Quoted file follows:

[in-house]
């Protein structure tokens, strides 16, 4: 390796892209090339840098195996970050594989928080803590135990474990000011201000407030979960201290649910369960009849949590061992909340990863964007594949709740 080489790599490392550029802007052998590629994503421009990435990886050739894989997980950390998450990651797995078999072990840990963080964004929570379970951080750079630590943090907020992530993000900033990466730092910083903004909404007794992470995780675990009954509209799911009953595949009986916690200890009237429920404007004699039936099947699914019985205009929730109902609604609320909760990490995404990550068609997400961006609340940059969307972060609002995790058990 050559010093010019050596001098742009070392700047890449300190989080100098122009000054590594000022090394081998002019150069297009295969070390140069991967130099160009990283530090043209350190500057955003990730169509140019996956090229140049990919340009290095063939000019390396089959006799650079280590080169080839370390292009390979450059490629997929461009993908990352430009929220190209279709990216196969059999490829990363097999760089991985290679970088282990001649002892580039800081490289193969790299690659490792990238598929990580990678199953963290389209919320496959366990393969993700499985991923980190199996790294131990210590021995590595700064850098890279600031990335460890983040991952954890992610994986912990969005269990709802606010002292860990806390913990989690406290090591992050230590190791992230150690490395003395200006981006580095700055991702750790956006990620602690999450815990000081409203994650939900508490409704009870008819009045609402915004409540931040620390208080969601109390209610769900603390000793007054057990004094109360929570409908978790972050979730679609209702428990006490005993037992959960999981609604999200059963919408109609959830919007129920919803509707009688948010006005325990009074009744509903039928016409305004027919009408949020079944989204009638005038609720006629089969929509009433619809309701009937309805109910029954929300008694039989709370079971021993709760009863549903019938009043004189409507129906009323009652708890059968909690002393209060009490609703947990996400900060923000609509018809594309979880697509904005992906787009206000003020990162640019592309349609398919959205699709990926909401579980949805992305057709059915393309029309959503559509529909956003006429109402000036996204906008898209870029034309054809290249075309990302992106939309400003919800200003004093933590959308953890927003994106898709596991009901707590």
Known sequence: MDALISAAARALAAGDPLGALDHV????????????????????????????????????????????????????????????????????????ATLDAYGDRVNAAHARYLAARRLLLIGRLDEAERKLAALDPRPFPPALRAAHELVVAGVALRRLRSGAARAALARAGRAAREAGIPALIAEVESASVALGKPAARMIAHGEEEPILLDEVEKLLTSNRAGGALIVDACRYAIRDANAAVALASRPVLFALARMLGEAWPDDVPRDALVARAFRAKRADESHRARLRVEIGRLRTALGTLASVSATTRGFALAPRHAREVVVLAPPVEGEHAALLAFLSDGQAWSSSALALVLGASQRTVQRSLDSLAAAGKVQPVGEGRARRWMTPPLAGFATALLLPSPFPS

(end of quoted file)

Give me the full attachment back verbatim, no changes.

[in-house]
């Protein structure tokens, strides 16, 4: 390796892209090339840098195996970050594989928080803590135990474990000011201000407030979960201290649910369960009849949590061992909340990863964007594949709740 080489790599490392550029802007052998590629994503421009990435990886050739894989997980950390998450990651797995078999072990840990963080964004929570379970951080750079630590943090907020992530993000900033990466730092910083903004909404007794992470995780675990009954509209799911009953595949009986916690200890009237429920404007004699039936099947699914019985205009929730109902609604609320909760990490995404990550068609997400961006609340940059969307972060609002995790058990 050559010093010019050596001098742009070392700047890449300190989080100098122009000054590594000022090394081998002019150069297009295969070390140069991967130099160009990283530090043209350190500057955003990730169509140019996956090229140049990919340009290095063939000019390396089959006799650079280590080169080839370390292009390979450059490629997929461009993908990352430009929220190209279709990216196969059999490829990363097999760089991985290679970088282990001649002892580039800081490289193969790299690659490792990238598929990580990678199953963290389209919320496959366990393969993700499985991923980190199996790294131990210590021995590595700064850098890279600031990335460890983040991952954890992610994986912990969005269990709802606010002292860990806390913990989690406290090591992050230590190791992230150690490395003395200006981006580095700055991702750790956006990620602690999450815990000081409203994650939900508490409704009870008819009045609402915004409540931040620390208080969601109390209610769900603390000793007054057990004094109360929570409908978790972050979730679609209702428990006490005993037992959960999981609604999200059963919408109609959830919007129920919803509707009688948010006005325990009074009744509903039928016409305004027919009408949020079944989204009638005038609720006629089969929509009433619809309701009937309805109910029954929300008694039989709370079971021993709760009863549903019938009043004189409507129906009323009652708890059968909690002393209060009490609703947990996400900060923000609509018809594309979880697509904005992906787009206000003020990162640019592309349609398919959205699709990926909401579980949805992305057709059915393309029309959503559509529909956003006429109402000036996204906008898209870029034309054809290249075309990302992106939309400003919800200003004093933590959308953890927003994106898709596991009901707590």
Known sequence: MDALISAAARALAAGDPLGALDHV????????????????????????????????????????????????????????????????????????ATLDAYGDRVNAAHARYLAARRLLLIGRLDEAERKLAALDPRPFPPALRAAHELVVAGVALRRLRSGAARAALARAGRAAREAGIPALIAEVESASVALGKPAARMIAHGEEEPILLDEVEKLLTSNRAGGALIVDACRYAIRDANAAVALASRPVLFALARMLGEAWPDDVPRDALVARAFRAKRADESHRARLRVEIGRLRTALGTLASVSATTRGFALAPRHAREVVVLAPPVEGEHAALLAFLSDGQAWSSSALALVLGASQRTVQRSLDSLAAAGKVQPVGEGRARRWMTPPLAGFATALLLPSPFPS